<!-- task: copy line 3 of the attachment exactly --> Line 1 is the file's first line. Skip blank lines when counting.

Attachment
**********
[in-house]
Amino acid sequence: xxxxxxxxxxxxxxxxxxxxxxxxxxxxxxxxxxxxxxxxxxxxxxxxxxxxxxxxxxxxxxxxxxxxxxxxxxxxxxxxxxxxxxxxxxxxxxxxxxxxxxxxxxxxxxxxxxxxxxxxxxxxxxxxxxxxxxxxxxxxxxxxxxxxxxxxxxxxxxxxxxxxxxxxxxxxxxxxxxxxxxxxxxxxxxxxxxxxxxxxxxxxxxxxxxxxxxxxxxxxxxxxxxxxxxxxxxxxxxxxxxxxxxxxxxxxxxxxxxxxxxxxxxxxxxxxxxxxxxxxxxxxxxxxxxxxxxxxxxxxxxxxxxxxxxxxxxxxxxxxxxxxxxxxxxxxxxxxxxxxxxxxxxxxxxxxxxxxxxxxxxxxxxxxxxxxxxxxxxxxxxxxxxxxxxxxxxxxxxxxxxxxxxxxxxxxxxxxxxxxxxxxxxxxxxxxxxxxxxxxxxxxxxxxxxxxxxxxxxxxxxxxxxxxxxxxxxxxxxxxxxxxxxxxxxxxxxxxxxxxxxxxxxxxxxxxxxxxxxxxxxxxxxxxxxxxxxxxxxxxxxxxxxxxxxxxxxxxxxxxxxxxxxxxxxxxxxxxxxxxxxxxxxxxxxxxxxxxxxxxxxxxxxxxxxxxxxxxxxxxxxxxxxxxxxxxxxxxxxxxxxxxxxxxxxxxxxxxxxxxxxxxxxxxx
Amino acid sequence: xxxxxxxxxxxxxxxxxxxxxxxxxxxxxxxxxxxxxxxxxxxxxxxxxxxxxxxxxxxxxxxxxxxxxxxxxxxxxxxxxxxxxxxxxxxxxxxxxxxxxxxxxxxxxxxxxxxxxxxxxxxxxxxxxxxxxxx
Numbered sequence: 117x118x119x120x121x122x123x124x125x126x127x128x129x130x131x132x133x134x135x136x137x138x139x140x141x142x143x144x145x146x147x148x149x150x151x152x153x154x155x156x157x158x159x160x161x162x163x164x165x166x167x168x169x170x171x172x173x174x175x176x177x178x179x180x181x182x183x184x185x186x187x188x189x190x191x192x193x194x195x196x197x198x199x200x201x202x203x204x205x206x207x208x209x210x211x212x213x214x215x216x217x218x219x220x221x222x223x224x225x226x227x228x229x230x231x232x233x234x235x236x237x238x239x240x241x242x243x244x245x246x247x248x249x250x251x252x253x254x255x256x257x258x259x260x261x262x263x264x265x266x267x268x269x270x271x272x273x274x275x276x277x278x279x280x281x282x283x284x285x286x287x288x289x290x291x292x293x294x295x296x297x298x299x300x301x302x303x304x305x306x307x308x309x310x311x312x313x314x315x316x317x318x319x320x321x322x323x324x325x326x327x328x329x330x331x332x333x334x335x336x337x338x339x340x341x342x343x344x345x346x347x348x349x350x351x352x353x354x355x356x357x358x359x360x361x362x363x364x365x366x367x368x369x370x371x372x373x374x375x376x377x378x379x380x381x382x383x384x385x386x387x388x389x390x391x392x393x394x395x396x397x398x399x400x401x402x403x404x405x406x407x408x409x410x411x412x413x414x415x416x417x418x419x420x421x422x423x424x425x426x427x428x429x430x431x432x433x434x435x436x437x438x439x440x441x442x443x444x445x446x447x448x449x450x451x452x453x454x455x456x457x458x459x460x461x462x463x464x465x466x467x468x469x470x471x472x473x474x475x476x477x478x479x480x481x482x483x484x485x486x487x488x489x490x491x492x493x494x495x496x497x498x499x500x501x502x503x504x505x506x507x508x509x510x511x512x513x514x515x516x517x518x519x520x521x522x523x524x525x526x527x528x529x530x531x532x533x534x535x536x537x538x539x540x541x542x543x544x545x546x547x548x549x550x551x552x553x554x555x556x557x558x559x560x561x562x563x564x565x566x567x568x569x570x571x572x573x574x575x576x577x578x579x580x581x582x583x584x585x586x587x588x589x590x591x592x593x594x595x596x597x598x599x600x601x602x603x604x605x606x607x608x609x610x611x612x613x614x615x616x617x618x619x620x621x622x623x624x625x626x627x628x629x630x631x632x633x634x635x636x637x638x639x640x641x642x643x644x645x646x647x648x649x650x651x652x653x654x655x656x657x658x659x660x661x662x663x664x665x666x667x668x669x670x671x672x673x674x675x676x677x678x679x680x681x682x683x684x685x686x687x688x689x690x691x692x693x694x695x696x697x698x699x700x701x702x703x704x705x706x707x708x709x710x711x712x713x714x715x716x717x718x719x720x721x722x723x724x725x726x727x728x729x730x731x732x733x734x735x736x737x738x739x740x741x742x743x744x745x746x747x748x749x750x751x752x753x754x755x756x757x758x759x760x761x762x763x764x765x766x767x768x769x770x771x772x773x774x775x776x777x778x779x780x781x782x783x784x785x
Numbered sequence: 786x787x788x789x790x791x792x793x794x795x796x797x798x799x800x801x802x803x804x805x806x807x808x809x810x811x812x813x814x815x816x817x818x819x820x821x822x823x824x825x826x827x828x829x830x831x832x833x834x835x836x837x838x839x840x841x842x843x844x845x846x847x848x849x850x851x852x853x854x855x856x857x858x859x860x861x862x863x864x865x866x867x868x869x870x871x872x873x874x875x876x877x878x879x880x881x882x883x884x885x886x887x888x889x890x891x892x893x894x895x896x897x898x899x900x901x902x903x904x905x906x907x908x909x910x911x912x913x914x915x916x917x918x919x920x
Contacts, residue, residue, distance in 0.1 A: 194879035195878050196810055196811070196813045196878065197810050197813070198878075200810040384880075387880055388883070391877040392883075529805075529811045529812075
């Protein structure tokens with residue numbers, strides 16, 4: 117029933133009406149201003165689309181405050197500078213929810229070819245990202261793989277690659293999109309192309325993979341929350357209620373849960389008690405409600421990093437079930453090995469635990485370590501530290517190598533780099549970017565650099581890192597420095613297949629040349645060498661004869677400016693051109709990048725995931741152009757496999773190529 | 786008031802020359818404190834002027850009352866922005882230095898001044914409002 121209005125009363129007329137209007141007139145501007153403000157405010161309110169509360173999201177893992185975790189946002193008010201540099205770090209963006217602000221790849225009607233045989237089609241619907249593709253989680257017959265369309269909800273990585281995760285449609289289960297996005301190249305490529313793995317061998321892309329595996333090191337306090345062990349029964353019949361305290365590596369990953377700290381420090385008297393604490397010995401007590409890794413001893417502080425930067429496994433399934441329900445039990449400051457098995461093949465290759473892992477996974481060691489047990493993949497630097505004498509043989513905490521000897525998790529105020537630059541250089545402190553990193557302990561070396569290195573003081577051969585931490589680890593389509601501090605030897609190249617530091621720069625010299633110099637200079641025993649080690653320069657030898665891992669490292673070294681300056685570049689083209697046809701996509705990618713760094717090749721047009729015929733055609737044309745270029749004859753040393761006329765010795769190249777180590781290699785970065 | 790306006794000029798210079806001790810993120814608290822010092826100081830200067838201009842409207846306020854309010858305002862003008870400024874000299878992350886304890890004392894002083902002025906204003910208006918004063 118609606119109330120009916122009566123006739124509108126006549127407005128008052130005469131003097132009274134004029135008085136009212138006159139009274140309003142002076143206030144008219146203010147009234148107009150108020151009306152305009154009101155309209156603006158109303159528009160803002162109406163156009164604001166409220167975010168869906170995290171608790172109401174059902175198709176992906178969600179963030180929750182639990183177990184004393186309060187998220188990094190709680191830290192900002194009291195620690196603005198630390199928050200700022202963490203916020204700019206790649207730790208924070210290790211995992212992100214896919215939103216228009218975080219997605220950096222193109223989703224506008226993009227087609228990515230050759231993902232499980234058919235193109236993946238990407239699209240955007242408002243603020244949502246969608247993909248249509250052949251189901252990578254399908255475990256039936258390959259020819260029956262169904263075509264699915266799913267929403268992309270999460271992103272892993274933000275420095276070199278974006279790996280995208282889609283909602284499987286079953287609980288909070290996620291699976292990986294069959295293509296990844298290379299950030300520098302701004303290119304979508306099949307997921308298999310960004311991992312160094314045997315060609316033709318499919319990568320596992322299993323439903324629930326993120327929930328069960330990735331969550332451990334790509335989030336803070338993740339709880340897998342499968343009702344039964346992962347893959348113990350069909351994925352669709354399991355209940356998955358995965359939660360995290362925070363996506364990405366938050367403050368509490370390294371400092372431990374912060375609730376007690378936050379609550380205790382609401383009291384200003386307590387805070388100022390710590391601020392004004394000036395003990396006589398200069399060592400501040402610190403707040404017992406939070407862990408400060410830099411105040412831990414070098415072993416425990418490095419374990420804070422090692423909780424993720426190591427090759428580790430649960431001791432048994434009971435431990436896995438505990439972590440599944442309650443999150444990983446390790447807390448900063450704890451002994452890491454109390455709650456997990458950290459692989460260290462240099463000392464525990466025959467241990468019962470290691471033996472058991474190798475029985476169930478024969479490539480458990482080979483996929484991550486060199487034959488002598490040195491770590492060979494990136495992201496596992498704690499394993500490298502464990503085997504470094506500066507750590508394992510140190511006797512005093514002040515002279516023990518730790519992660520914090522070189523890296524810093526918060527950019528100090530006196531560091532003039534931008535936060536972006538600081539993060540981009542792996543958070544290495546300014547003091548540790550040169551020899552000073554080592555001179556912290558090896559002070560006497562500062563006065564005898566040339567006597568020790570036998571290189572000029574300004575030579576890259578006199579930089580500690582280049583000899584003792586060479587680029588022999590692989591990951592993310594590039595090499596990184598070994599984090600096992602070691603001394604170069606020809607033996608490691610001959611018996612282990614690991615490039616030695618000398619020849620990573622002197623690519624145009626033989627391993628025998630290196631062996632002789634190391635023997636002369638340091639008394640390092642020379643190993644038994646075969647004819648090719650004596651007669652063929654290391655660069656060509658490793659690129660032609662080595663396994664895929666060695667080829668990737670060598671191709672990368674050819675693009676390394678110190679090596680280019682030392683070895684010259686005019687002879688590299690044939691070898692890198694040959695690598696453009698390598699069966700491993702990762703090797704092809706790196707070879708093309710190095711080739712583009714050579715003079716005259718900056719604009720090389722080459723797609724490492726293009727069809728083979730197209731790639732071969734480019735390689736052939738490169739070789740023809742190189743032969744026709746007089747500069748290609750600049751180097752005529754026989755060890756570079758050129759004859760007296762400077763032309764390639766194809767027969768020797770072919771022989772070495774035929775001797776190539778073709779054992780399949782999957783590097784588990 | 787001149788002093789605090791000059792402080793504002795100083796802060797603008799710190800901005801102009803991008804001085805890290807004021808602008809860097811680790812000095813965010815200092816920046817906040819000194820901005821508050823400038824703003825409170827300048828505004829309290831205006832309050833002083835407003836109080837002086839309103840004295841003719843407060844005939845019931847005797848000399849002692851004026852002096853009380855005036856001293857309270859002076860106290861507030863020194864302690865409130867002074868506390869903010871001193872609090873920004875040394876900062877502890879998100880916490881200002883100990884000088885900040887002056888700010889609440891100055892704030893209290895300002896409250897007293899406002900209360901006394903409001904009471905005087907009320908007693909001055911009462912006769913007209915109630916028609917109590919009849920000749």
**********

Amino acid sequence: xxxxxxxxxxxxxxxxxxxxxxxxxxxxxxxxxxxxxxxxxxxxxxxxxxxxxxxxxxxxxxxxxxxxxxxxxxxxxxxxxxxxxxxxxxxxxxxxxxxxxxxxxxxxxxxxxxxxxxxxxxxxxxxxxxxxxxx